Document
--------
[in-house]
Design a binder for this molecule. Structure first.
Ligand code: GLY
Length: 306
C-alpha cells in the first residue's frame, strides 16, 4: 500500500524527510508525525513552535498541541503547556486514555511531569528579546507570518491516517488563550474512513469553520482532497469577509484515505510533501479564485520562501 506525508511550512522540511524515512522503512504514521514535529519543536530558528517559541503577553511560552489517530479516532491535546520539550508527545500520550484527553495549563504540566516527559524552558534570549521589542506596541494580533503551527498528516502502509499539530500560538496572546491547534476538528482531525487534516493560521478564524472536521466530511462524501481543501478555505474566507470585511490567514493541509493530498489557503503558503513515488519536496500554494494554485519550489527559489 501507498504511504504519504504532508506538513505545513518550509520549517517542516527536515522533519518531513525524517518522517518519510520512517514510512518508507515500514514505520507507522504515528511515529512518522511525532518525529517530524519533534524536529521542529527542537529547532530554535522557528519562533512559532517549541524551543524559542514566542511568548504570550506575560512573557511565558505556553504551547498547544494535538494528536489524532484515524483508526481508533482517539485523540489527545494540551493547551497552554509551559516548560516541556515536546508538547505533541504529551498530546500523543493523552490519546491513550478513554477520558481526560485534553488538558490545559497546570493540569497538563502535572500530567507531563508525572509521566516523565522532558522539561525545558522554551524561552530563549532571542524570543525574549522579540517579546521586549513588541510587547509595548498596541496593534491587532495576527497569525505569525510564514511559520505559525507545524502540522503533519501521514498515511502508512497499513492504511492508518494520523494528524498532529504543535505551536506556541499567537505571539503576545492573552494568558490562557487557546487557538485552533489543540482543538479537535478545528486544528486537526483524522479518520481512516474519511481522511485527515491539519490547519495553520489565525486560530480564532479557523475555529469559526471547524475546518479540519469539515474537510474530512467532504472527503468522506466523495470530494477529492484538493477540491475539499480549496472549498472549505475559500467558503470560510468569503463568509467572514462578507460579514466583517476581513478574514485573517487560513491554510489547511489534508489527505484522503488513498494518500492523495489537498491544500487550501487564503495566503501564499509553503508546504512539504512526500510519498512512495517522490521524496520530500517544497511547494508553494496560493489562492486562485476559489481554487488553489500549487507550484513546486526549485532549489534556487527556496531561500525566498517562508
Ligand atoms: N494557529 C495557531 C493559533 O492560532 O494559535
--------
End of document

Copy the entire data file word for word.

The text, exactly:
[in-house]
Design a binder for this molecule. Structure first.
Ligand code: GLY
Length: 306
C-alpha cells in the first residue's frame, strides 16, 4: 500500500524527510508525525513552535498541541503547556486514555511531569528579546507570518491516517488563550474512513469553520482532497469577509484515505510533501479564485520562501 506525508511550512522540511524515512522503512504514521514535529519543536530558528517559541503577553511560552489517530479516532491535546520539550508527545500520550484527553495549563504540566516527559524552558534570549521589542506596541494580533503551527498528516502502509499539530500560538496572546491547534476538528482531525487534516493560521478564524472536521466530511462524501481543501478555505474566507470585511490567514493541509493530498489557503503558503513515488519536496500554494494554485519550489527559489 501507498504511504504519504504532508506538513505545513518550509520549517517542516527536515522533519518531513525524517518522517518519510520512517514510512518508507515500514514505520507507522504515528511515529512518522511525532518525529517530524519533534524536529521542529527542537529547532530554535522557528519562533512559532517549541524551543524559542514566542511568548504570550506575560512573557511565558505556553504551547498547544494535538494528536489524532484515524483508526481508533482517539485523540489527545494540551493547551497552554509551559516548560516541556515536546508538547505533541504529551498530546500523543493523552490519546491513550478513554477520558481526560485534553488538558490545559497546570493540569497538563502535572500530567507531563508525572509521566516523565522532558522539561525545558522554551524561552530563549532571542524570543525574549522579540517579546521586549513588541510587547509595548498596541496593534491587532495576527497569525505569525510564514511559520505559525507545524502540522503533519501521514498515511502508512497499513492504511492508518494520523494528524498532529504543535505551536506556541499567537505571539503576545492573552494568558490562557487557546487557538485552533489543540482543538479537535478545528486544528486537526483524522479518520481512516474519511481522511485527515491539519490547519495553520489565525486560530480564532479557523475555529469559526471547524475546518479540519469539515474537510474530512467532504472527503468522506466523495470530494477529492484538493477540491475539499480549496472549498472549505475559500467558503470560510468569503463568509467572514462578507460579514466583517476581513478574514485573517487560513491554510489547511489534508489527505484522503488513498494518500492523495489537498491544500487550501487564503495566503501564499509553503508546504512539504512526500510519498512512495517522490521524496520530500517544497511547494508553494496560493489562492486562485476559489481554487488553489500549487507550484513546486526549485532549489534556487527556496531561500525566498517562508
Ligand atoms: N494557529 C495557531 C493559533 O492560532 O494559535